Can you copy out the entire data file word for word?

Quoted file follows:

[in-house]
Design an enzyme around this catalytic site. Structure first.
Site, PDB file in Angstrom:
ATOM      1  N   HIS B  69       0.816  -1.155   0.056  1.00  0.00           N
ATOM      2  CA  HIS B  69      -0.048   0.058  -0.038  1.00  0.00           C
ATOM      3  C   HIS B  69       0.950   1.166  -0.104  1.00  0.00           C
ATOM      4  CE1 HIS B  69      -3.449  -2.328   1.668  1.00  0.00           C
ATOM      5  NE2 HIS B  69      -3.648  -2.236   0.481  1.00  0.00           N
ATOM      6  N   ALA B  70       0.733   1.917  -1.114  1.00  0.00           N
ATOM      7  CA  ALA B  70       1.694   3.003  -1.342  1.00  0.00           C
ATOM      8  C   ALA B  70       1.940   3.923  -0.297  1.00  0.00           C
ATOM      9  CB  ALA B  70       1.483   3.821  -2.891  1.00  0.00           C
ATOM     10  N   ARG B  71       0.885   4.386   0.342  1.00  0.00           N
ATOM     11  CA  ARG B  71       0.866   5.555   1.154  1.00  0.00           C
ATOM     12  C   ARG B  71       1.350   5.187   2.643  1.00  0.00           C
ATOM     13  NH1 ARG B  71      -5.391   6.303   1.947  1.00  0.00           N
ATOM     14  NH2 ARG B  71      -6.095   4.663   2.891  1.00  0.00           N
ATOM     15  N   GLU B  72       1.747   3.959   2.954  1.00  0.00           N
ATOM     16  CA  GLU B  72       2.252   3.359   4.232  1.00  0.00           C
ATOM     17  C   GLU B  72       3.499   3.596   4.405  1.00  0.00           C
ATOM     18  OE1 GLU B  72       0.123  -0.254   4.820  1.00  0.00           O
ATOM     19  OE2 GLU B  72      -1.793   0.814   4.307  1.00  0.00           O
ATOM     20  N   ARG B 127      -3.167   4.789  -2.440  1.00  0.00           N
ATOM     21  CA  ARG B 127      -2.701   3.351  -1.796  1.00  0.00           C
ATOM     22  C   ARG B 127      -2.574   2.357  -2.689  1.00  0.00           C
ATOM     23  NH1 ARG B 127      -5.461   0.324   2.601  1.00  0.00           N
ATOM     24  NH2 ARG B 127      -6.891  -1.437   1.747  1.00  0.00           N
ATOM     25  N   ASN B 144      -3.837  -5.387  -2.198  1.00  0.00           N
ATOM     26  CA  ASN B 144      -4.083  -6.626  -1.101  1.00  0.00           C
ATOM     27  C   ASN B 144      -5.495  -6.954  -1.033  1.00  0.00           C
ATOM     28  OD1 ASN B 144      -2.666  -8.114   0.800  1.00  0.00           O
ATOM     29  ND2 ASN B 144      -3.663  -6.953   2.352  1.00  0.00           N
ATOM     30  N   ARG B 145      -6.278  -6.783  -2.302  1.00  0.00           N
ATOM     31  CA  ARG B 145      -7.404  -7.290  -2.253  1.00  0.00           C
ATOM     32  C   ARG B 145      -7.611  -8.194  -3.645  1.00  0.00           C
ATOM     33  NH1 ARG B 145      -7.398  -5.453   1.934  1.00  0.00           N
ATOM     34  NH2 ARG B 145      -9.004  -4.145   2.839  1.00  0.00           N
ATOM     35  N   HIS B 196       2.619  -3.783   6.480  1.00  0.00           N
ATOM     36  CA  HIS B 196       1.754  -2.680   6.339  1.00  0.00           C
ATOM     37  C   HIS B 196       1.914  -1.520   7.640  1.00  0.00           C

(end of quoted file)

[in-house]
Design an enzyme around this catalytic site. Structure first.
Site, PDB file in Angstrom:
ATOM      1  N   HIS B  69       0.816  -1.155   0.056  1.00  0.00           N
ATOM      2  CA  HIS B  69      -0.048   0.058  -0.038  1.00  0.00           C
ATOM      3  C   HIS B  69       0.950   1.166  -0.104  1.00  0.00           C
ATOM      4  CE1 HIS B  69      -3.449  -2.328   1.668  1.00  0.00           C
ATOM      5  NE2 HIS B  69      -3.648  -2.236   0.481  1.00  0.00           N
ATOM      6  N   ALA B  70       0.733   1.917  -1.114  1.00  0.00           N
ATOM      7  CA  ALA B  70       1.694   3.003  -1.342  1.00  0.00           C
ATOM      8  C   ALA B  70       1.940   3.923  -0.297  1.00  0.00           C
ATOM      9  CB  ALA B  70       1.483   3.821  -2.891  1.00  0.00           C
ATOM     10  N   ARG B  71       0.885   4.386   0.342  1.00  0.00           N
ATOM     11  CA  ARG B  71       0.866   5.555   1.154  1.00  0.00           C
ATOM     12  C   ARG B  71       1.350   5.187   2.643  1.00  0.00           C
ATOM     13  NH1 ARG B  71      -5.391   6.303   1.947  1.00  0.00           N
ATOM     14  NH2 ARG B  71      -6.095   4.663   2.891  1.00  0.00           N
ATOM     15  N   GLU B  72       1.747   3.959   2.954  1.00  0.00           N
ATOM     16  CA  GLU B  72       2.252   3.359   4.232  1.00  0.00           C
ATOM     17  C   GLU B  72       3.499   3.596   4.405  1.00  0.00           C
ATOM     18  OE1 GLU B  72       0.123  -0.254   4.820  1.00  0.00           O
ATOM     19  OE2 GLU B  72      -1.793   0.814   4.307  1.00  0.00           O
ATOM     20  N   ARG B 127      -3.167   4.789  -2.440  1.00  0.00           N
ATOM     21  CA  ARG B 127      -2.701   3.351  -1.796  1.00  0.00           C
ATOM     22  C   ARG B 127      -2.574   2.357  -2.689  1.00  0.00           C
ATOM     23  NH1 ARG B 127      -5.461   0.324   2.601  1.00  0.00           N
ATOM     24  NH2 ARG B 127      -6.891  -1.437   1.747  1.00  0.00           N
ATOM     25  N   ASN B 144      -3.837  -5.387  -2.198  1.00  0.00           N
ATOM     26  CA  ASN B 144      -4.083  -6.626  -1.101  1.00  0.00           C
ATOM     27  C   ASN B 144      -5.495  -6.954  -1.033  1.00  0.00           C
ATOM     28  OD1 ASN B 144      -2.666  -8.114   0.800  1.00  0.00           O
ATOM     29  ND2 ASN B 144      -3.663  -6.953   2.352  1.00  0.00           N
ATOM     30  N   ARG B 145      -6.278  -6.783  -2.302  1.00  0.00           N
ATOM     31  CA  ARG B 145      -7.404  -7.290  -2.253  1.00  0.00           C
ATOM     32  C   ARG B 145      -7.611  -8.194  -3.645  1.00  0.00           C
ATOM     33  NH1 ARG B 145      -7.398  -5.453   1.934  1.00  0.00           N
ATOM     34  NH2 ARG B 145      -9.004  -4.145   2.839  1.00  0.00           N
ATOM     35  N   HIS B 196       2.619  -3.783   6.480  1.00  0.00           N
ATOM     36  CA  HIS B 196       1.754  -2.680   6.339  1.00  0.00           C
ATOM     37  C   HIS B 196       1.914  -1.520   7.640  1.00  0.00           C